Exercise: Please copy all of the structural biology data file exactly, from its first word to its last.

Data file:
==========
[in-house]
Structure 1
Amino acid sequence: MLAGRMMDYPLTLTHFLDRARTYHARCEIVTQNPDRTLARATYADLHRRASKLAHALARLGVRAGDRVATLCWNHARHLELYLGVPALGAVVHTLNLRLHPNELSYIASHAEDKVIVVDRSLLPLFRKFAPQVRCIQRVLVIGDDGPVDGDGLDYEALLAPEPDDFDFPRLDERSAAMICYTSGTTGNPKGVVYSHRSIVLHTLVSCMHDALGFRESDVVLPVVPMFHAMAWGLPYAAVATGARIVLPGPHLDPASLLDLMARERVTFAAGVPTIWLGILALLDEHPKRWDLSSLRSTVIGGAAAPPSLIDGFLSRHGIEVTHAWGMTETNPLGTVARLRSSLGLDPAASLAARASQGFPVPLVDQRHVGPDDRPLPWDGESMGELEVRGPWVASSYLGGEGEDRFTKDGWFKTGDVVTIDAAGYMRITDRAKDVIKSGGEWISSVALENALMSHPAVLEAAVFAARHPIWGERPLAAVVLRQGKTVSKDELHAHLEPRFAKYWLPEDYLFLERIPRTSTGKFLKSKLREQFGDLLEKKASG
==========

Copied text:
[in-house]
Structure 1
Amino acid sequence: MLAGRMMDYPLTLTHFLDRARTYHARCEIVTQNPDRTLARATYADLHRRASKLAHALARLGVRAGDRVATLCWNHARHLELYLGVPALGAVVHTLNLRLHPNELSYIASHAEDKVIVVDRSLLPLFRKFAPQVRCIQRVLVIGDDGPVDGDGLDYEALLAPEPDDFDFPRLDERSAAMICYTSGTTGNPKGVVYSHRSIVLHTLVSCMHDALGFRESDVVLPVVPMFHAMAWGLPYAAVATGARIVLPGPHLDPASLLDLMARERVTFAAGVPTIWLGILALLDEHPKRWDLSSLRSTVIGGAAAPPSLIDGFLSRHGIEVTHAWGMTETNPLGTVARLRSSLGLDPAASLAARASQGFPVPLVDQRHVGPDDRPLPWDGESMGELEVRGPWVASSYLGGEGEDRFTKDGWFKTGDVVTIDAAGYMRITDRAKDVIKSGGEWISSVALENALMSHPAVLEAAVFAARHPIWGERPLAAVVLRQGKTVSKDELHAHLEPRFAKYWLPEDYLFLERIPRTSTGKFLKSKLREQFGDLLEKKASG